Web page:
From the New York Times bestselling authors of All the Bright Places and Every Day comes a story of hope, siblinghood, and finding your home in the people who matter the most.
Subject: You. Missing.
Ezra Ahern wakes up one day to find his older sister, Bea, gone. No note, no sign, nothing but an email address hidden somewhere only he would find it. Ezra never expected to be left behind with their abusive stepfather and their neglectful mother—how is he supposed to navigate life without Bea?
Bea Ahern already knew she needed to get as far away from home as possible But a message in her inbox changes everything, and she finds herself alone in a new city—without Ez, without a real plan—chasing someone who might not even want to be found.
As things unravel at home for Ezra, Bea will confront secrets about their past that will forever change the way they think about their family. Together and apart, broken by abuse but connected by love, this brother and sister must learn to trust themselves before they can find a way back to each other.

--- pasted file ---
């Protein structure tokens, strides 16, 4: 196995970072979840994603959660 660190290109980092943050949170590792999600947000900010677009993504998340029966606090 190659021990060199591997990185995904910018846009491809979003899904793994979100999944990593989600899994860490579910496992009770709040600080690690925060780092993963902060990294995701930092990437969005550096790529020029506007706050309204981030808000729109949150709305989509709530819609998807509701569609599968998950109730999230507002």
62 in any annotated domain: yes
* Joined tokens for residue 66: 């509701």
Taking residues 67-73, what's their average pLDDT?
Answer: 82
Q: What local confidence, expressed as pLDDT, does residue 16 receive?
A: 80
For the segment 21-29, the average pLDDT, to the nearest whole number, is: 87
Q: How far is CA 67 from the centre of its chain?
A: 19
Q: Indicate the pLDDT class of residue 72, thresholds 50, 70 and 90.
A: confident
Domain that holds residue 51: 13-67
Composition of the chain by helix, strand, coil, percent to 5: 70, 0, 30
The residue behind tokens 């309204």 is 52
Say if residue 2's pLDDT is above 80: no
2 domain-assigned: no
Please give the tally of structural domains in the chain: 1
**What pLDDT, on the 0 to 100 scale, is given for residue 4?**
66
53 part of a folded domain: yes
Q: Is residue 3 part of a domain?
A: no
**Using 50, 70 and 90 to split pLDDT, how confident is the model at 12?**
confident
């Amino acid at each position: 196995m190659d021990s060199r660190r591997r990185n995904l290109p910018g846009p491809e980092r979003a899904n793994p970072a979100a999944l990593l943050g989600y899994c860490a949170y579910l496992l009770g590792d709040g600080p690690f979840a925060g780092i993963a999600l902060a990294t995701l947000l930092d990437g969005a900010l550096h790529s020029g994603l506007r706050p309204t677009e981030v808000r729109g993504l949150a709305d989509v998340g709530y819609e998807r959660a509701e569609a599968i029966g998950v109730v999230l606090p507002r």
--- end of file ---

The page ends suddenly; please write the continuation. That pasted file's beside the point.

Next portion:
Two white siblings find themselves and each other in Levithan's (19 Love Songs) and Niven's (Breathless) tender collaboration. When 15-year-old high school freshman Ezra Ahern's 18-year-old senior sister Beatrix disappears from their Indiana hometown, he feels lost, left alone with their abusive mother and stepfather. As Bea starts a new life and uncovers hidden family history in St. Louis, Ezra struggles to leave his parents and be honest with his boyfriend Terrence, who is Black. Things reach a boiling point for each of the siblings until the only way for them to save themselves is to confront their fear and break their silence. Thoughtful observations and difficult truths abound in Bea's and Ez's story, which alternates between their viewpoints and is told entirely via their emails, as they grapple compellingly with their trauma. Bea is especially memorable naive and self-aware, callous and compassionate but withdrawn Ez's gradual opening up to others is also potent. If the delivery relies on philosophizing instead of letting the narrative speak for itself, the compassionate portrayal of the pain of childhood abuse and the difficulty of escaping it more than compensates. Ages 14 up. Agents: (for Levithan) Bill Clegg, Clegg Agency; (for Niven) Kerry Sparks, Levine Greenberg Rostan Literary Agency.